For example, now and again you may need to say something like: “When you’ve completed your homework, you can go to Melissa’s house.”
To create a homework routine, it’s a good idea to set up a small part of the house as a study area.
Having a study area that’s free of distractions will help your children develop a homework routine.
It may also help your children if you also devote that period of time to doing your own “homework”. This could be paying bills online, taking an online course, or reading a book to learn about a new topic.
4. Equip your children with planning and organisational skills
As parents, we (hopefully) have planning and organisational skills that we’ve developed over the years.
But we often take these skills for granted, and forget that our children don’t yet have those skills.
Pre-teens and teens can feel overwhelmed, frustrated, and stressed because of the demands they face at school. In response, many of them give up and turn to videos and games as a form of escape.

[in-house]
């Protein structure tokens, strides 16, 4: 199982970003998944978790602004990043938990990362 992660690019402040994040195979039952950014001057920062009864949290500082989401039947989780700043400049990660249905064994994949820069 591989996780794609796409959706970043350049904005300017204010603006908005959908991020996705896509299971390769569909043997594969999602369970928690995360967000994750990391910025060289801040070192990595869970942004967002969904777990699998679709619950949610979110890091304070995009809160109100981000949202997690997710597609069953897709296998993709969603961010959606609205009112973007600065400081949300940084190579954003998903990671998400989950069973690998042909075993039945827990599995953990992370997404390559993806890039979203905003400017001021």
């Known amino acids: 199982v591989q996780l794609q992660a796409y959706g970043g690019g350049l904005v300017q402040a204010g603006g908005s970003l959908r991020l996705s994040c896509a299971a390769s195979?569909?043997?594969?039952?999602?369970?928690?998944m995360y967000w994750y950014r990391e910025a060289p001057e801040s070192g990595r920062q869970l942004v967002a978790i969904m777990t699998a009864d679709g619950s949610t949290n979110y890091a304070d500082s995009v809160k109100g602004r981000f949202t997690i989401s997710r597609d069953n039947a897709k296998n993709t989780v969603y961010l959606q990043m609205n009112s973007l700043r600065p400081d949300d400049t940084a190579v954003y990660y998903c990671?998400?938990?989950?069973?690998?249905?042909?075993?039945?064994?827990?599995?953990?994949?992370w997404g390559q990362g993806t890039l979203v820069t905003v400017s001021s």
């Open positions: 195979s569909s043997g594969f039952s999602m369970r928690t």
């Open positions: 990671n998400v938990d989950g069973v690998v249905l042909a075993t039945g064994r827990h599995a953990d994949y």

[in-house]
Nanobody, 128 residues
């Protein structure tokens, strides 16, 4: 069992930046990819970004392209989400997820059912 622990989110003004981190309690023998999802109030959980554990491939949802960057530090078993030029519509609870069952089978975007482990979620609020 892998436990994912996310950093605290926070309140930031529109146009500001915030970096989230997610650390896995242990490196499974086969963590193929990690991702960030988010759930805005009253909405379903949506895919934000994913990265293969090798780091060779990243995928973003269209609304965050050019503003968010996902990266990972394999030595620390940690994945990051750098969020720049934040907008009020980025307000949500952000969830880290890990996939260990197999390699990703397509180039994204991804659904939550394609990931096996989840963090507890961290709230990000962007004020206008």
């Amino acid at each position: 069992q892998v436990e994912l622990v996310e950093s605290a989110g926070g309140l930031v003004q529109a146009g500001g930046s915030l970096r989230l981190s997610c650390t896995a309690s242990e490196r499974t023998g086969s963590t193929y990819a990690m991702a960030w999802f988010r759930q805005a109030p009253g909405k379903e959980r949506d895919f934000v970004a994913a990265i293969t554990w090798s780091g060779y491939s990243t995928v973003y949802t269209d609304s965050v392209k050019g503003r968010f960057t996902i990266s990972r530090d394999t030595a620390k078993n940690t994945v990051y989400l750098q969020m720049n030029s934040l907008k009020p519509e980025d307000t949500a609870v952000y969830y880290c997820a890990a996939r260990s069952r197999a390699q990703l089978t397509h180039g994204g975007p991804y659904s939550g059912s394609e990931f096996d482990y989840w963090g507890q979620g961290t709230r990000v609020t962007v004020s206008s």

Some pre-teens and teens might even say they hate school.
But if they have planning and organisational skills, their attitude toward school and academics will be different.
One organisational skill you can teach your children is to break down big tasks into smaller tasks.
Some people call this “chunking down”. This technique makes any task more manageable and doable.
Another skill you can teach your children is list-making. Lists are at the heart of all organisational skills, so this is a great place to start.
You could teach your children how to use a list to pack their bag for a school camp or a school outing.